Remembrance Project Day 6 and 7: Darkness and Light

Photo by Rahul Pandit on Pexels.com

Happy Diwali, friends! Well, Happy Diwali-plus-one, since I didn’t post this on Wednesday.

Diwali is the Hindu (and Sikh, and sometimes Muslim and Buddhist) festival of light. It celebrates light over darkness, good over evil, kindness over cruelty, and hope over despair. And that feels like a pretty great thing to celebrate. Choose the bigger life – choose the kinder path.

A few years ago, there was a letter to the editor in our little hometown newspaper. Someone was VERY upset that someone DARED to set off fireworks on Diwali, which just so happened to fall on Remembrance Day. Even though fireworks are a part of the Diwali celebrations. Because it was disrespectful to veterans for there to be anything on Remembrance Day except Remembrance Day.

Um. What?

And friends, I get it. I understand that fireworks can be triggers for some military folks with PTSD. But that wasn’t the letter writer’s point. From the tone of the letter in the newspaper those many years ago, the writer didn’t want to steal the spotlight from the Canadians who fought and died. I thought about how Diwali was about choosing knowledge over ignorance and the irony was not lost on me.

But friends, there’s room for more than one event in our lives. It’s OK to memorialize and celebrate on the same day. My grandmother died on my sister’s 3rd birthday. And for many years afterwards, her birthday was eclipsed by the memorial mass that everyone attended. But then someone realized that life is for the living, so they now attend mass in the morning, and we celebrate my sister in the evening.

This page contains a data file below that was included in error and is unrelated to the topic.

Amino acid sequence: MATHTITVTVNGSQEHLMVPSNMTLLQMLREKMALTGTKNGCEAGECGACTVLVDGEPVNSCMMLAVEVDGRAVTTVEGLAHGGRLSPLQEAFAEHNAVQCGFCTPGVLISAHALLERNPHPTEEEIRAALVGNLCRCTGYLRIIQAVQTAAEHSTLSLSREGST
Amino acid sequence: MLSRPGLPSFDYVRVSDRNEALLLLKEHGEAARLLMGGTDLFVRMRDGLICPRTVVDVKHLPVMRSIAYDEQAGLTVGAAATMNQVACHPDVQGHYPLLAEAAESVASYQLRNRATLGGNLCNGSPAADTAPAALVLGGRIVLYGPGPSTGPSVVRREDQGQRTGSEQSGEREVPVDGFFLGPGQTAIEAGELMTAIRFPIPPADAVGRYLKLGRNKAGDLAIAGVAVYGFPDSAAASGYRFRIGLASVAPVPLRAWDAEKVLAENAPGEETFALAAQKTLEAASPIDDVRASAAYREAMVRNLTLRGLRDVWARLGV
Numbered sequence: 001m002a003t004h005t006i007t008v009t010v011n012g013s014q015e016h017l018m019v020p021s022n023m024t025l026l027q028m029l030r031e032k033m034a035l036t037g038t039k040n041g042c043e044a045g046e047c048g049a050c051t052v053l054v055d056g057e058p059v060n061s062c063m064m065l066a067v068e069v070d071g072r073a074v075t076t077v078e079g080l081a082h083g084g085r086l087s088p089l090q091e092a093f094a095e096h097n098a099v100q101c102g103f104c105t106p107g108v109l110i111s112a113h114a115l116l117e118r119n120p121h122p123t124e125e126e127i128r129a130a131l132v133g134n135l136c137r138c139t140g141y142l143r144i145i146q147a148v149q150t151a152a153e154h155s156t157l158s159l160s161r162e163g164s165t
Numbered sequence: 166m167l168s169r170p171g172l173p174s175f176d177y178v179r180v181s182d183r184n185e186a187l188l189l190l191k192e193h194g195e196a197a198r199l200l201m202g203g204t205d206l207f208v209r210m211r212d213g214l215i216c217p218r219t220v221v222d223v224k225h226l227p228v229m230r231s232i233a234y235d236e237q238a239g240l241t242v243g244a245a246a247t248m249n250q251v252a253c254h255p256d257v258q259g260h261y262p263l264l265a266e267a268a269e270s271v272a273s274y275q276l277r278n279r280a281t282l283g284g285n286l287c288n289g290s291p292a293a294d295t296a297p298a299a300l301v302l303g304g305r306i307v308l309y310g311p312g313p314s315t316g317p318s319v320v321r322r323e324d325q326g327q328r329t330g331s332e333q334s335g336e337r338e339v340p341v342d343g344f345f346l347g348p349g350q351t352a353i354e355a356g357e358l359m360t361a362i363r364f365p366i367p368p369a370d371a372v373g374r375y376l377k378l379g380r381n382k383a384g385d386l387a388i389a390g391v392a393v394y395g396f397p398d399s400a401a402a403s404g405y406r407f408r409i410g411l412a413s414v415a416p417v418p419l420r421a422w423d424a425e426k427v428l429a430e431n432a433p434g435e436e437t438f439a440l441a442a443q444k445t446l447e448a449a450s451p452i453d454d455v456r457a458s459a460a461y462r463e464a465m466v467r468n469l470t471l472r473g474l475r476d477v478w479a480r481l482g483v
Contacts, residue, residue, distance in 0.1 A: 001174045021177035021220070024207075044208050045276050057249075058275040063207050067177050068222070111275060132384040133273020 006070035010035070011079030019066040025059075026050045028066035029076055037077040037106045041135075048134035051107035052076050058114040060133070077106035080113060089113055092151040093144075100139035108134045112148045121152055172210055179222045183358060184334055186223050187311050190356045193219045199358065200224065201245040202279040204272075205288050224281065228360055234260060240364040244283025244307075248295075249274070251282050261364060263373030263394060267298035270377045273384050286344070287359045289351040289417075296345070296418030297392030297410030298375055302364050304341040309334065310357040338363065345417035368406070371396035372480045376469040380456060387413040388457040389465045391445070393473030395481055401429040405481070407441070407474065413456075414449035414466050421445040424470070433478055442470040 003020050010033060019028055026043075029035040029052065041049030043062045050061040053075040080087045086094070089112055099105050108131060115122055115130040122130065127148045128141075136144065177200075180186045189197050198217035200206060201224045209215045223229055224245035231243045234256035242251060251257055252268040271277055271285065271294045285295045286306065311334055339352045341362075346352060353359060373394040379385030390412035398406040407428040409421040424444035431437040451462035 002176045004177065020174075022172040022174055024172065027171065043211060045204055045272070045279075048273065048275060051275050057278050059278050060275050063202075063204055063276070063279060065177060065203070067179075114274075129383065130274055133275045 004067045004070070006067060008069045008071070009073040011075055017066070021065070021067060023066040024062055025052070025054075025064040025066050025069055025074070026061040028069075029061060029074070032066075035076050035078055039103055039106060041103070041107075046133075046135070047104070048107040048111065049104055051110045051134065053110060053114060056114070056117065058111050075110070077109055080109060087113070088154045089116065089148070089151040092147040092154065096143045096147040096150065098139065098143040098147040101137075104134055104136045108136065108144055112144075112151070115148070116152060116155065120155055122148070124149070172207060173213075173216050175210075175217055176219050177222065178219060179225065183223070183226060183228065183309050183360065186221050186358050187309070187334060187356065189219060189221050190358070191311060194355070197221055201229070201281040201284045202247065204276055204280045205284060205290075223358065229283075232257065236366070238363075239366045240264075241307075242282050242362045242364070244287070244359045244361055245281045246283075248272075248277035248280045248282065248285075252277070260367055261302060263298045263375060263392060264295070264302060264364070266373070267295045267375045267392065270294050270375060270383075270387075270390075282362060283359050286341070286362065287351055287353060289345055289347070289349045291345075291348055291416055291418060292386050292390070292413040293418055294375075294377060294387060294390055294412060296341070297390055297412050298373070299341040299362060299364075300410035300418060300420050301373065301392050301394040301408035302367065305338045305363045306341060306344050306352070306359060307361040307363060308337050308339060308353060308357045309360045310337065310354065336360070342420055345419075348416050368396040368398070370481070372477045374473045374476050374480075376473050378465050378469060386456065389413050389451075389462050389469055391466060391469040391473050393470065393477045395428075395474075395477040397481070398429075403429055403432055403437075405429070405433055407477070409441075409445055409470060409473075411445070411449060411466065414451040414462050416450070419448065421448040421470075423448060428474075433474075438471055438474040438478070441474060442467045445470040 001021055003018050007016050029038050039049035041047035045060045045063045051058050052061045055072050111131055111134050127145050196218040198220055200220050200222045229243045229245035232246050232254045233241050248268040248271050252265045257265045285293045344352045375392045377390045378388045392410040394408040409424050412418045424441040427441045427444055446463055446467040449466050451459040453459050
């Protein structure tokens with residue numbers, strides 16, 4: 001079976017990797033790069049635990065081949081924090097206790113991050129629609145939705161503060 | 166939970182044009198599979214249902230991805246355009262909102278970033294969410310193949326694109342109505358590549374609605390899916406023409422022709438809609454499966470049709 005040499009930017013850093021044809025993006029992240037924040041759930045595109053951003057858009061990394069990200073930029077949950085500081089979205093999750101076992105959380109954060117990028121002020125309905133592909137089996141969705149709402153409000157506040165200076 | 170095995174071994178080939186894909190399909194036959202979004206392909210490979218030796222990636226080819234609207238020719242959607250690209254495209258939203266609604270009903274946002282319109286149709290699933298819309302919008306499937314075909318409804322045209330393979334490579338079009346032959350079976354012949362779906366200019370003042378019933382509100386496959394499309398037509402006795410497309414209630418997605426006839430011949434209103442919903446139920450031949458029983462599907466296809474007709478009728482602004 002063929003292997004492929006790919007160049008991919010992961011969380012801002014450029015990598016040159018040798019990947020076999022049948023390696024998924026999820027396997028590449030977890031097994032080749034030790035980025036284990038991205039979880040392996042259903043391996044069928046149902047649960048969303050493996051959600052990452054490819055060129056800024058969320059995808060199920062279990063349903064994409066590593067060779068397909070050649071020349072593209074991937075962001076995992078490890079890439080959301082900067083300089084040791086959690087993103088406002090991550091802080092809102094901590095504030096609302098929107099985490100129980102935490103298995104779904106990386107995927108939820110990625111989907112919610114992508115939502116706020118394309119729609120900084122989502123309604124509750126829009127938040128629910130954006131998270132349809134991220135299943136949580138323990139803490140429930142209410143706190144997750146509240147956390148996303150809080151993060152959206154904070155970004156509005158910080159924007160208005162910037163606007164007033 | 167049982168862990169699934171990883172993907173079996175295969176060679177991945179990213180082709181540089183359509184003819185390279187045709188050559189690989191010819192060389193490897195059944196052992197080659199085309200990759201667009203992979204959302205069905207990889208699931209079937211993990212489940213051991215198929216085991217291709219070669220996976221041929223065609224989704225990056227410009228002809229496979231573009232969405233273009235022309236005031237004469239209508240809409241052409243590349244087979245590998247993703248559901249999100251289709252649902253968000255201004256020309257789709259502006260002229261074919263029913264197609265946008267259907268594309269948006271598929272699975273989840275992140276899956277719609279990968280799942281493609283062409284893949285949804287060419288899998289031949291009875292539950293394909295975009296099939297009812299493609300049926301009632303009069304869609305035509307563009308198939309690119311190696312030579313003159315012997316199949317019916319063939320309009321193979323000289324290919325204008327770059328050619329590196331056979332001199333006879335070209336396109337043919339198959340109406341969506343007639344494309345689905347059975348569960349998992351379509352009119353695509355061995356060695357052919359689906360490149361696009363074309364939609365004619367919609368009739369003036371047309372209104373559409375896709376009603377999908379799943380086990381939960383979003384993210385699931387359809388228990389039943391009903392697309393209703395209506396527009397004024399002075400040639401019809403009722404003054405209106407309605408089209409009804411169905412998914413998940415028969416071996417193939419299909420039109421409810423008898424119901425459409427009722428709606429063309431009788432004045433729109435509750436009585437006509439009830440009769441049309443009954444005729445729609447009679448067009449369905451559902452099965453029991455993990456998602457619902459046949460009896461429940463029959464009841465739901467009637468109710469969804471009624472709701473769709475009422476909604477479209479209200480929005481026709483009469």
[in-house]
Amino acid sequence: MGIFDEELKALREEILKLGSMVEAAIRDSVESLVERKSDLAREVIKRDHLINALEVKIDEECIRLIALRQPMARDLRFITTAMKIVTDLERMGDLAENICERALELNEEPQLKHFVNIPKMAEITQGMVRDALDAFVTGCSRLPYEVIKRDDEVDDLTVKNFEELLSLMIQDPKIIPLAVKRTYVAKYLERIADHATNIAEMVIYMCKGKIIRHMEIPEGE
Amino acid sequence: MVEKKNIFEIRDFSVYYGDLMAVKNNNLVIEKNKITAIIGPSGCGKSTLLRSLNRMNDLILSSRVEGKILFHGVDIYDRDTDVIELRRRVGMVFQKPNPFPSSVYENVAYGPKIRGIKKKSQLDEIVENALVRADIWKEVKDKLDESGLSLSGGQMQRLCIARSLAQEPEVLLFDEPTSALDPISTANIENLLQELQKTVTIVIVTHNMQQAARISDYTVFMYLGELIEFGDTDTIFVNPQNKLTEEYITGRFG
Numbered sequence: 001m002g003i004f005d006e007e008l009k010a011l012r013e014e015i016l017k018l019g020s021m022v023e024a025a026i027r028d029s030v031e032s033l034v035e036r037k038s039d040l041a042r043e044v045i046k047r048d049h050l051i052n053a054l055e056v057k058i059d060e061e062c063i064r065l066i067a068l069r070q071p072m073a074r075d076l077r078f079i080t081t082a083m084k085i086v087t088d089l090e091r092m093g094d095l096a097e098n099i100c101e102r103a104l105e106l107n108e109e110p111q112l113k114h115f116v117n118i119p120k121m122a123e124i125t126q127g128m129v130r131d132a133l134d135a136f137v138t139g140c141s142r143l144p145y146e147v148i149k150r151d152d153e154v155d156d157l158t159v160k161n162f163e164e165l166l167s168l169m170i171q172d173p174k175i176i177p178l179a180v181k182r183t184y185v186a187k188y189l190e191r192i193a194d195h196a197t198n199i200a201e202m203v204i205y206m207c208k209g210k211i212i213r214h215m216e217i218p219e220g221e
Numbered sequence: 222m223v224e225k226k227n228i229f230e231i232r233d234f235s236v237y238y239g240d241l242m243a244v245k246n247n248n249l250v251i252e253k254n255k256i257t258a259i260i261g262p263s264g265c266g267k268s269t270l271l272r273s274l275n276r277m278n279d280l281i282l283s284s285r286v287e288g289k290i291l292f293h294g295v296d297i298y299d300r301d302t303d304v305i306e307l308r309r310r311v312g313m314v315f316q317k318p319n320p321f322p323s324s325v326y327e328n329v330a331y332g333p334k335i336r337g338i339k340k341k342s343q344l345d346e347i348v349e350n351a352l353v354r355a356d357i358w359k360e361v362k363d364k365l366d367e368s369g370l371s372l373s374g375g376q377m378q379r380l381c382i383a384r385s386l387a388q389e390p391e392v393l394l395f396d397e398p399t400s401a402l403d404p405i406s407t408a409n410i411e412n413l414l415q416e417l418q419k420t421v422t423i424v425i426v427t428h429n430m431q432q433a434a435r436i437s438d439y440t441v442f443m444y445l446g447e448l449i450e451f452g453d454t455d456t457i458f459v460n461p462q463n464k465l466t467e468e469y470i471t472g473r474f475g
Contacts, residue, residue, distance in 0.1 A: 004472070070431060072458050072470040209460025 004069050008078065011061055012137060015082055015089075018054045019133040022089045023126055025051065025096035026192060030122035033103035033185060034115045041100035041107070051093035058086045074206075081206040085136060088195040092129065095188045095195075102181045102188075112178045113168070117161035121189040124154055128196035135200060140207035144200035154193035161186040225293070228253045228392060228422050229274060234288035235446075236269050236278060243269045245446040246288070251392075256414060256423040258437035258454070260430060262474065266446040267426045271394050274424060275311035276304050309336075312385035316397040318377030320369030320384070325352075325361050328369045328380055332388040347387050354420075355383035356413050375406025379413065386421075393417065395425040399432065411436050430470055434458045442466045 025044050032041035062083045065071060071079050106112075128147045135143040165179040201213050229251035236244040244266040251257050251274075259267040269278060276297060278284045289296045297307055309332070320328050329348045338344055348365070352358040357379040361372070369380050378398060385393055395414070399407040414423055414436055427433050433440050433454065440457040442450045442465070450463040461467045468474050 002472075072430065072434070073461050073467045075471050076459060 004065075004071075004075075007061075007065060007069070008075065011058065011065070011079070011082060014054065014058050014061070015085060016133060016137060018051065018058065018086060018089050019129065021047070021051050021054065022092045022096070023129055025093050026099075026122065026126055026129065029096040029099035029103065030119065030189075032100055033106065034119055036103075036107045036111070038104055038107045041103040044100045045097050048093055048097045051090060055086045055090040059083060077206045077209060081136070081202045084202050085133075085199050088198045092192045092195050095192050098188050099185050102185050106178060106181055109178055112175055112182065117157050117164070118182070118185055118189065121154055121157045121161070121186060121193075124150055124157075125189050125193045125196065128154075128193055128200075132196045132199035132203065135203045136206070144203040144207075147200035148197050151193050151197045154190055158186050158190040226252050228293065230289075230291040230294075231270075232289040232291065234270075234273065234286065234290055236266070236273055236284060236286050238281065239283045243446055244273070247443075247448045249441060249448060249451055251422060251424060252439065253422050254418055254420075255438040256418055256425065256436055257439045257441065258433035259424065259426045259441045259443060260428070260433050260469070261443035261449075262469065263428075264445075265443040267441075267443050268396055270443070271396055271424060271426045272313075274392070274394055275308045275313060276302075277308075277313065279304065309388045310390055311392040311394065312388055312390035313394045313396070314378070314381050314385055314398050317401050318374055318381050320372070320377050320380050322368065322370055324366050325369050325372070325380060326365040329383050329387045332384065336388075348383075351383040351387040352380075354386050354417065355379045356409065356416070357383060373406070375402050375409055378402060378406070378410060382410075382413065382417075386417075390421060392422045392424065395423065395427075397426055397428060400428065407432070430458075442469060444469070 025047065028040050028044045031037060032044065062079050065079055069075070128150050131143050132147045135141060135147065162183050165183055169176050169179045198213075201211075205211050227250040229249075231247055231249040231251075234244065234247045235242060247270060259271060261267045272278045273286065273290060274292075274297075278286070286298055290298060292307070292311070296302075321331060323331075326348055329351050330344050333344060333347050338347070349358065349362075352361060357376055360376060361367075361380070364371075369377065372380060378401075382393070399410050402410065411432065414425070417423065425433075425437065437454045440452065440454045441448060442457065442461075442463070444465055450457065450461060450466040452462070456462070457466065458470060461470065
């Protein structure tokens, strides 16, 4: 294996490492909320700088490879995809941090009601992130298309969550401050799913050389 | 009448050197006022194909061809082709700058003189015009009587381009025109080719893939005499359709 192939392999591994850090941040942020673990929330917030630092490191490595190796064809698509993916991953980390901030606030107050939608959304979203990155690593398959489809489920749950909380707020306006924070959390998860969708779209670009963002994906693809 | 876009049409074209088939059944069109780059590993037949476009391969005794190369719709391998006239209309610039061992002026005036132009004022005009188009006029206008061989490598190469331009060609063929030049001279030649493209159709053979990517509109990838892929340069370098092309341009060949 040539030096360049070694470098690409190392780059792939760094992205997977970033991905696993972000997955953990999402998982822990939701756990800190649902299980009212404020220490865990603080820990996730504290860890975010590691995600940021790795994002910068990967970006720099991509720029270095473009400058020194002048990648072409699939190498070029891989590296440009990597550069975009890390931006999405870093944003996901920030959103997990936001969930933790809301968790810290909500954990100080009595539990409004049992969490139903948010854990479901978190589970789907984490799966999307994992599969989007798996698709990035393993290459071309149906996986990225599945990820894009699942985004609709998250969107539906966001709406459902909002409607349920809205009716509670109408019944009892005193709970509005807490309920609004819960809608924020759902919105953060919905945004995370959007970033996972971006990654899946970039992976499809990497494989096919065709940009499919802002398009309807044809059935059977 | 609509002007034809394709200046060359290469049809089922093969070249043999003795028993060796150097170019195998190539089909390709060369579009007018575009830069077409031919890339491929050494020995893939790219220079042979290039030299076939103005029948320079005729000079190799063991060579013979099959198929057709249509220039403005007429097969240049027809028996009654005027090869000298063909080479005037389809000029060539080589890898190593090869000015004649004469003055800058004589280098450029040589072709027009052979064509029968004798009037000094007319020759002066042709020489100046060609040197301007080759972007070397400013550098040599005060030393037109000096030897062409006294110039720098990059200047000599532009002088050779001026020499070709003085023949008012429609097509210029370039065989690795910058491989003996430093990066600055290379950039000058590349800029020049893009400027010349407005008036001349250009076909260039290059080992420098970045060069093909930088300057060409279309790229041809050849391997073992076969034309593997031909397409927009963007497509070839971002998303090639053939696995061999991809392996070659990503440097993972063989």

So yes, it’s Remembrance season – so absolutely do remembrance things. But claiming dibs on a day of the year and giving the stink eye to everyone who strays from that glorious purpose feels pretty draconian. Yes, there are Diwali fireworks. Yes, there are Christmas things up in stores already. Yes, the Hallmark movies have started already. It doesn’t mean I can’t wear a poppy while I buy my holiday garland. Or mail Christmas cards on my way to the cenotaph to pay my respects. Or go to the Legion for a little fellowship and raise a glass to absent friends, and then sing Last Christmas on the way home to make Samosas for Diwali. There’s room for more than one thing, I promise.

There are things that *are* disrespectful. Sitting on the Tomb of the Unknown Soldier. Desecrating a Field of Honour. Wearing medals that you didn’t earn. Chirping in someone’s ear as they’re trying to pay their respects. Not OK.

But setting off fireworks to celebrate a festival of light? Maybe we pump the brakes a bit and look at what the celebration is about. Light over darkness. Light in dark times. Everyone struggles with encroaching darkness sometimes, and having a part of your culture that celebrates victory over that feels like an excellent thing to celebrate. Yesterday, I watched the heavy grey clouds and first snow of the year blow past my office window. The dark days are coming. But bright days are coming, too.

Yes, this year, let’s choose knowledge over ignorance. May I be a light to someone who might need that, and may I take time to pay respects to those who deserve that.

May light always guide your way this Diwali, friends, and all year long.

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